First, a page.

weather

The U.S. government is juicing up its weather forecasting power.

This week, the National Oceanic and Atmospheric Administration announced that it has upgraded its main weather forecasting model, called the Global Forecast System.

Interstates were closed for hundreds of miles in the Midwest and Plains Thursday, as a "bomb cyclone" brought a major winter storm to states in those regions. Some towns that just days ago were experiencing sunshine and temperate weather are now under 1 or 2 feet of snow.

Most of Nebraska and South Dakota remained under a blizzard warning Thursday afternoon, as snow continued to cause dangerous conditions. Minnesota, Wisconsin and much of Michigan's Upper Peninsula face a winter storm warning. Eastern North Dakota is under a flood warning.

winter-wisconsin-rime-hoarfrost-weather-photo
John Perrin

The Wisconsin winter got off to a seemingly slow start, but it sure picked up in January and February. While the snow and cold can make getting places harder, John Perrin knows winter can also be beautiful.

Perrin, who lives in Milwaukee, was driving southeast on the Menomonee River Parkway the morning of Feb. 19, when he saw a sight he knew he had to capture.

LaToya Dennis

Cold, snow and ice — Milwaukee has had a lot of all three lately. The winter weather is hard on most people, but when that snow and ice are not removed from public walkways in a timely manner, it can make getting around for people with disabilities even more difficult, sometimes verging on impossible.

“A lot of times when plows plow the streets the snow gets kind of piled up, unfortunately, right at a lot of curb cuts," says 32-year-old Milwaukee resident William Crowley.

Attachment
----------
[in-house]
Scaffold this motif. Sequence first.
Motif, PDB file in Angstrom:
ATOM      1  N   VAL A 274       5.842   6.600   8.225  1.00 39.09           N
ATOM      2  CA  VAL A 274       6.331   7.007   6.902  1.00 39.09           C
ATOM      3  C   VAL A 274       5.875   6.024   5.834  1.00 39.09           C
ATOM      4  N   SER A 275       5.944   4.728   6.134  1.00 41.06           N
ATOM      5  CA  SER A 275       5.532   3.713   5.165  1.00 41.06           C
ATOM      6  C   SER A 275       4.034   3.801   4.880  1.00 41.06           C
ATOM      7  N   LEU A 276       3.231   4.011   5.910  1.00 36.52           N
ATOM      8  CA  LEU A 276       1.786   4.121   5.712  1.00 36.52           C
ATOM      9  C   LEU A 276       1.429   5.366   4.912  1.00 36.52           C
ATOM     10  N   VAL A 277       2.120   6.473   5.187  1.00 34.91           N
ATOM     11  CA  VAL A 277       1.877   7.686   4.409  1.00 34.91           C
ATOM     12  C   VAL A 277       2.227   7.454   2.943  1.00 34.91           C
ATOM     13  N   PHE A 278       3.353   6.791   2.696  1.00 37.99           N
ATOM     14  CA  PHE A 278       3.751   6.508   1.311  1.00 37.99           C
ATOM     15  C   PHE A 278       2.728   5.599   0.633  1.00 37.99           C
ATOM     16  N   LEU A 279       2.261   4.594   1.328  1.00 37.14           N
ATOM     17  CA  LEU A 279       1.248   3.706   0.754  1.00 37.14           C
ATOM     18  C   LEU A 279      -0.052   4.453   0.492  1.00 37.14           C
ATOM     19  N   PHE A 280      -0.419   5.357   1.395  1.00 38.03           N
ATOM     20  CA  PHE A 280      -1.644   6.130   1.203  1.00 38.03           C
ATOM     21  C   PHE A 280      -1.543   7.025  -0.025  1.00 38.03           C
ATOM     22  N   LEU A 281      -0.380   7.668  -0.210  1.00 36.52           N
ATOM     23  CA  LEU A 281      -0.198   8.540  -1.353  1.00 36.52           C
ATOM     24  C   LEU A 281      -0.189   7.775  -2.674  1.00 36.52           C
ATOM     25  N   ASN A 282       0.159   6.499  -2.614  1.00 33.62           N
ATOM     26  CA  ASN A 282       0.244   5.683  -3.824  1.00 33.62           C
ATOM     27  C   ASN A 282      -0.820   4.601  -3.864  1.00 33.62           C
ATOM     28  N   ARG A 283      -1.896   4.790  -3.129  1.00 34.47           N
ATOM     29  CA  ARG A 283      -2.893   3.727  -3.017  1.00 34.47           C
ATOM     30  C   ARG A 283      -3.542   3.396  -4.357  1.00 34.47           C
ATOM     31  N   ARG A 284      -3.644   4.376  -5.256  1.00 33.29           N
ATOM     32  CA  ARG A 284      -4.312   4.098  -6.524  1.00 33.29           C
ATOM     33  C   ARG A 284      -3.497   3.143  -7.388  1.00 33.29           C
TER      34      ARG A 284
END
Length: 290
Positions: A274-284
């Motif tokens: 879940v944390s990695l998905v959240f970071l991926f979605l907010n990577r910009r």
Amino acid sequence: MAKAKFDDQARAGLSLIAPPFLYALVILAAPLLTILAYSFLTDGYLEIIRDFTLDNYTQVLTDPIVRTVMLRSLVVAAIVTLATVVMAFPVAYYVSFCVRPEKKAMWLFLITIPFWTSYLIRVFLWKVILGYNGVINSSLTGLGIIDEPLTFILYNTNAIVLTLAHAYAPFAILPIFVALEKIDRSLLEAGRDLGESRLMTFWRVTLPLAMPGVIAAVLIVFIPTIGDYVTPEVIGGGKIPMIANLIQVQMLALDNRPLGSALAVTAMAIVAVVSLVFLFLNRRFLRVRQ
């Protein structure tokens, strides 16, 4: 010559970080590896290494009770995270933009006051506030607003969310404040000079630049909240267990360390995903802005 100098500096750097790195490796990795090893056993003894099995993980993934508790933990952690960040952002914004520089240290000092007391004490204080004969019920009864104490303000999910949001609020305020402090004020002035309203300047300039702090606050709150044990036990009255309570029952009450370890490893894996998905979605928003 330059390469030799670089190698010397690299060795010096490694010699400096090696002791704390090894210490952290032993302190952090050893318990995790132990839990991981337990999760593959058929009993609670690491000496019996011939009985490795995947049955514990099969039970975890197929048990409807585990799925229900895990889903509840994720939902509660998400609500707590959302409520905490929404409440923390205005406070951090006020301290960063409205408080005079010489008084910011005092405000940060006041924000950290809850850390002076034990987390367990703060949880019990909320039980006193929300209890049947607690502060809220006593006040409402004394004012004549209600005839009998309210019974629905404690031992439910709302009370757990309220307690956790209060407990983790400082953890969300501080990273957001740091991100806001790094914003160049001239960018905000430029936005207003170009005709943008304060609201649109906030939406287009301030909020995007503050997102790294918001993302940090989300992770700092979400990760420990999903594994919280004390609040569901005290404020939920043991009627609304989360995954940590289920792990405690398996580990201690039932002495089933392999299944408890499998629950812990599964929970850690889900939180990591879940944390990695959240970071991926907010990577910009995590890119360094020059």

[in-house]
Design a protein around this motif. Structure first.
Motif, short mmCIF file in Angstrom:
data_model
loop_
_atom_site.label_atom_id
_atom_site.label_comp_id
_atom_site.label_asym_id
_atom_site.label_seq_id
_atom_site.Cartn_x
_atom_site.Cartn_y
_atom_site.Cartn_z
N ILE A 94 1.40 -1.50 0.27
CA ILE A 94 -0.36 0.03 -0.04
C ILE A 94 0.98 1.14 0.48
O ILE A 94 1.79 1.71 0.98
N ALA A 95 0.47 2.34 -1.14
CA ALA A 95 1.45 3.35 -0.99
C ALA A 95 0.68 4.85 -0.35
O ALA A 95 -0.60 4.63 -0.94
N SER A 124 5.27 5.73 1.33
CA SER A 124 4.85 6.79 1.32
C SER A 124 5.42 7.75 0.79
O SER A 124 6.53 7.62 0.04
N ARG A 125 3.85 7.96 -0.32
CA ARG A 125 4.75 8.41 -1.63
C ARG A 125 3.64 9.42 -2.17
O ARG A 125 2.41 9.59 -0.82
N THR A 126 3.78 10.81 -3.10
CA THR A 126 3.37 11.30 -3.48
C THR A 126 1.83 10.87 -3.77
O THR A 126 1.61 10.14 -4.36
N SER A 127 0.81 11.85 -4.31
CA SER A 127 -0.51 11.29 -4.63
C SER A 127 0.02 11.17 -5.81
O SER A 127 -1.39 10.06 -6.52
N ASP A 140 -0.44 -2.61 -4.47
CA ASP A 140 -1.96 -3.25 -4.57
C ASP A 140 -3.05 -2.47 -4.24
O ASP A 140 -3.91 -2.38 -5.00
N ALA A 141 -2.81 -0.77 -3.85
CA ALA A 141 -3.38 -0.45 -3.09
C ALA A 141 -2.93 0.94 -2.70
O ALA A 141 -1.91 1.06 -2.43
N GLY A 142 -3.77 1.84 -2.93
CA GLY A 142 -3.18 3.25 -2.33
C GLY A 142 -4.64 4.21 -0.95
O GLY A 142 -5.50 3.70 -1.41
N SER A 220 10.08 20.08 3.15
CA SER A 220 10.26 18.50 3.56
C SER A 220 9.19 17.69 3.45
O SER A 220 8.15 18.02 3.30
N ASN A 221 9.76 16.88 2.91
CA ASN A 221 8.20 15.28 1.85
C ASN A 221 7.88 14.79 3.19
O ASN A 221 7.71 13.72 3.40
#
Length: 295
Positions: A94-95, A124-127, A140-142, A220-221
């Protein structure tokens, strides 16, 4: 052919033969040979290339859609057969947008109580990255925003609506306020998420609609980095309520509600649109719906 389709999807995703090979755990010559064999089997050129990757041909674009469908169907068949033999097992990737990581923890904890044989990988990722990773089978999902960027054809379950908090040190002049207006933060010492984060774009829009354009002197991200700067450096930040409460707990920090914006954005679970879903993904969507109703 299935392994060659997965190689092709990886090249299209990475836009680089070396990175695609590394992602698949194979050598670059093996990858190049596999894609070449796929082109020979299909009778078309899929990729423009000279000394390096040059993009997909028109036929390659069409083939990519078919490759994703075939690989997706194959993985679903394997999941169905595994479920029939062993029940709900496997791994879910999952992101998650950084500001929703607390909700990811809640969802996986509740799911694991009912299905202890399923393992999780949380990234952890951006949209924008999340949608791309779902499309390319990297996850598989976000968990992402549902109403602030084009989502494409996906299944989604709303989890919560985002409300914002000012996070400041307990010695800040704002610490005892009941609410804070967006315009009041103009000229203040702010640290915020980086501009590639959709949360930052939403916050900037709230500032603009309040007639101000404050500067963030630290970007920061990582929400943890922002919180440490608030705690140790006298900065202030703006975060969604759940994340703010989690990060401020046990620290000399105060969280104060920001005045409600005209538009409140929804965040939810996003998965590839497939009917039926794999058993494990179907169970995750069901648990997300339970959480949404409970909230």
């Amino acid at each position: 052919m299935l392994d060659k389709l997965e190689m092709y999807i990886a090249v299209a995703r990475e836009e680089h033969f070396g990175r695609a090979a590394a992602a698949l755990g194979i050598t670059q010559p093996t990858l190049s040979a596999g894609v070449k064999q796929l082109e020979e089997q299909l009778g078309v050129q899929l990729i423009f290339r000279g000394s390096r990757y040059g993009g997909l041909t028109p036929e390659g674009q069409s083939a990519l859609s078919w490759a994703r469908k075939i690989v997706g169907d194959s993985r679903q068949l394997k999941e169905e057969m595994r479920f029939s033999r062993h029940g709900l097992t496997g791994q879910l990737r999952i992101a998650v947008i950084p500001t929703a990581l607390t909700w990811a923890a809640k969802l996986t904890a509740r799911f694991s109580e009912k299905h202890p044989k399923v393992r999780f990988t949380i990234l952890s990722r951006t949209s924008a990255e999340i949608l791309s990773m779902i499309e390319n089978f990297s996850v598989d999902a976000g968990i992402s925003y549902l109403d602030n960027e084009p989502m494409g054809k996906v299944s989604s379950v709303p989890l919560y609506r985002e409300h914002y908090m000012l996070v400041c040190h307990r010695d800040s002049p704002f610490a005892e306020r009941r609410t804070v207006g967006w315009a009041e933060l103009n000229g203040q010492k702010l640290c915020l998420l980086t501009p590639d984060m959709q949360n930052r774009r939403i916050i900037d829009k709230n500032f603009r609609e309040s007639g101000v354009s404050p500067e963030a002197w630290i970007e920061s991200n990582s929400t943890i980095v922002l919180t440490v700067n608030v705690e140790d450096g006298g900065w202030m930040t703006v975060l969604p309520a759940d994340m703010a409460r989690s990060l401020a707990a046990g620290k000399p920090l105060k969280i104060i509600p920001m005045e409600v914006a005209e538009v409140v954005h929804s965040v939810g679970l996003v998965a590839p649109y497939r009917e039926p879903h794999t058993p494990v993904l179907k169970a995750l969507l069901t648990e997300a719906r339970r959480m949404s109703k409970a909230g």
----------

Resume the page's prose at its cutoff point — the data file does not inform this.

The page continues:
Lauren Sigfusson

After an unprecedented number of weather-related closures, Milwaukee Public Schools is adjusting its calendar for the rest of the school year. Feb. 19 was originally a staff-only day for professional development. But to make up for lost time, it is now a regular school day with students expected in class.

Good news for those affected by the historic polar vortex that hit most of the northern United States this week: Punxsutawney Phil, the world's most famous groundhog, did not see his own shadow, predicting an early spring, officials deemed.

It's only the 19th time in the past 133 years that the famed groundhog has predicted an early spring outcome.

Chuck Quirmbach

High temperatures in Wisconsin this weekend are expected to be about 50 degrees warmer than the highs just a few days ago. While the high Wednesday in Milwaukee only made it to minus 10, highs on Saturday and Sunday are expected near 40 degrees.

This may be cause for community celebration. But there are agencies and forecasters urging you to temper your enthusiasm.

CHUCK QUIRMBACH

Snow and brutally cold temperatures prompted many Wisconsin schools to cancel classes most of this week. Milwaukee Public Schools are back in session Friday after being closed five school days in a row, starting Jan. 25.

When temperatures dropped to minus 20 degrees Wednesday, parents cooped up with their kids at home had to find creative ways to burn energy.